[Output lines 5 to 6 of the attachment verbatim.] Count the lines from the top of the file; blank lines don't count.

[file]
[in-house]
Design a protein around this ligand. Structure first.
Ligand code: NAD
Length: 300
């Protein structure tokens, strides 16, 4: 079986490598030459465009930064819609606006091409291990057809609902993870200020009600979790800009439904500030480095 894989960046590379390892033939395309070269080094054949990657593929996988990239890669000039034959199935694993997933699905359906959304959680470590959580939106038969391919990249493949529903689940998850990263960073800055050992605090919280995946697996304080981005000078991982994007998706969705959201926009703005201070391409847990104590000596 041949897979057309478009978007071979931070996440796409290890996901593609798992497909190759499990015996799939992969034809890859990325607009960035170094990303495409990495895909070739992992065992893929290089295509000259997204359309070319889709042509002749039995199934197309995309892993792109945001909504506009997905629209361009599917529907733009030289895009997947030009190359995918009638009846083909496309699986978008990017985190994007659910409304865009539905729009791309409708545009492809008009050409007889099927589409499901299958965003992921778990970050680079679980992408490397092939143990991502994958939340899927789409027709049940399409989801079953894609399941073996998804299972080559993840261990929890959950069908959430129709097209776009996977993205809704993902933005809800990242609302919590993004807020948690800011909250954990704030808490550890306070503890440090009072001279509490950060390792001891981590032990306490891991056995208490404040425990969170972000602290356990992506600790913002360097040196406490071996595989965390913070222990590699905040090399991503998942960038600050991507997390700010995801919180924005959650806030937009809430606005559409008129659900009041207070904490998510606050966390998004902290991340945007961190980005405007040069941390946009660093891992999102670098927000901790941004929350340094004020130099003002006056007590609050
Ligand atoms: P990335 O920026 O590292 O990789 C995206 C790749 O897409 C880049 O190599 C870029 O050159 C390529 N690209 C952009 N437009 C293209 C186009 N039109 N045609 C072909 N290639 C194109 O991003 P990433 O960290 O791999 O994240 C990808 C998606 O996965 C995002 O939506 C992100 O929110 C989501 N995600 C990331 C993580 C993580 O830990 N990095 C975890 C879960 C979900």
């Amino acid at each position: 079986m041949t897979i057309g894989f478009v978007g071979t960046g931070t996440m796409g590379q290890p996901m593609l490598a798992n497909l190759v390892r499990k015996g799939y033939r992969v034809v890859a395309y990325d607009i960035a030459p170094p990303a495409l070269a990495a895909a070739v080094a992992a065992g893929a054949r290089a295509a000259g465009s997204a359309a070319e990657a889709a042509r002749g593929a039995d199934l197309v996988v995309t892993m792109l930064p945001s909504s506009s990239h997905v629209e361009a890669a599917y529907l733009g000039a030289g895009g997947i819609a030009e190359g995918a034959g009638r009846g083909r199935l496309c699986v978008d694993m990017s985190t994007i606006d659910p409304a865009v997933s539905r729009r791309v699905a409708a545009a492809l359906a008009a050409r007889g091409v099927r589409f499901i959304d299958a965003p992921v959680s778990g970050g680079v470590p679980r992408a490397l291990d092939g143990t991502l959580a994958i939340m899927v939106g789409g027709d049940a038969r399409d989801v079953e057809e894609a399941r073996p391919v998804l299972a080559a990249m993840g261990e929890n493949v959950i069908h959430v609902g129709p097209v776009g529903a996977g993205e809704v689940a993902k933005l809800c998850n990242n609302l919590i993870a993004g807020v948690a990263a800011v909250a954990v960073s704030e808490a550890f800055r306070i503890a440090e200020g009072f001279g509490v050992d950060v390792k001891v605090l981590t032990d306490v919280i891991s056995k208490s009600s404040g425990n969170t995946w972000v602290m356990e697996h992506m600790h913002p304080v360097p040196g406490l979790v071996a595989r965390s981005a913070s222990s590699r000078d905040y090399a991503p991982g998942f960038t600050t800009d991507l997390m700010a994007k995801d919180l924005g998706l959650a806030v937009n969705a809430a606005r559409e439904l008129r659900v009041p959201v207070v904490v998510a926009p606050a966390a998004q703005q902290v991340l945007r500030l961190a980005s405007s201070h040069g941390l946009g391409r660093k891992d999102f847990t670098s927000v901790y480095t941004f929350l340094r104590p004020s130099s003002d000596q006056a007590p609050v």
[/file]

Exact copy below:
């Protein structure tokens, strides 16, 4: 079986490598030459465009930064819609606006091409291990057809609902993870200020009600979790800009439904500030480095 894989960046590379390892033939395309070269080094054949990657593929996988990239890669000039034959199935694993997933699905359906959304959680470590959580939106038969391919990249493949529903689940998850990263960073800055050992605090919280995946697996304080981005000078991982994007998706969705959201926009703005201070391409847990104590000596 041949897979057309478009978007071979931070996440796409290890996901593609798992497909190759499990015996799939992969034809890859990325607009960035170094990303495409990495895909070739992992065992893929290089295509000259997204359309070319889709042509002749039995199934197309995309892993792109945001909504506009997905629209361009599917529907733009030289895009997947030009190359995918009638009846083909496309699986978008990017985190994007659910409304865009539905729009791309409708545009492809008009050409007889099927589409499901299958965003992921778990970050680079679980992408490397092939143990991502994958939340899927789409027709049940399409989801079953894609399941073996998804299972080559993840261990929890959950069908959430129709097209776009996977993205809704993902933005809800990242609302919590993004807020948690800011909250954990704030808490550890306070503890440090009072001279509490950060390792001891981590032990306490891991056995208490404040425990969170972000602290356990992506600790913002360097040196406490071996595989965390913070222990590699905040090399991503998942960038600050991507997390700010995801919180924005959650806030937009809430606005559409008129659900009041207070904490998510606050966390998004902290991340945007961190980005405007040069941390946009660093891992999102670098927000901790941004929350340094004020130099003002006056007590609050
Ligand atoms: P990335 O920026 O590292 O990789 C995206 C790749 O897409 C880049 O190599 C870029 O050159 C390529 N690209 C952009 N437009 C293209 C186009 N039109 N045609 C072909 N290639 C194109 O991003 P990433 O960290 O791999 O994240 C990808 C998606 O996965 C995002 O939506 C992100 O929110 C989501 N995600 C990331 C993580 C993580 O830990 N990095 C975890 C879960 C979900």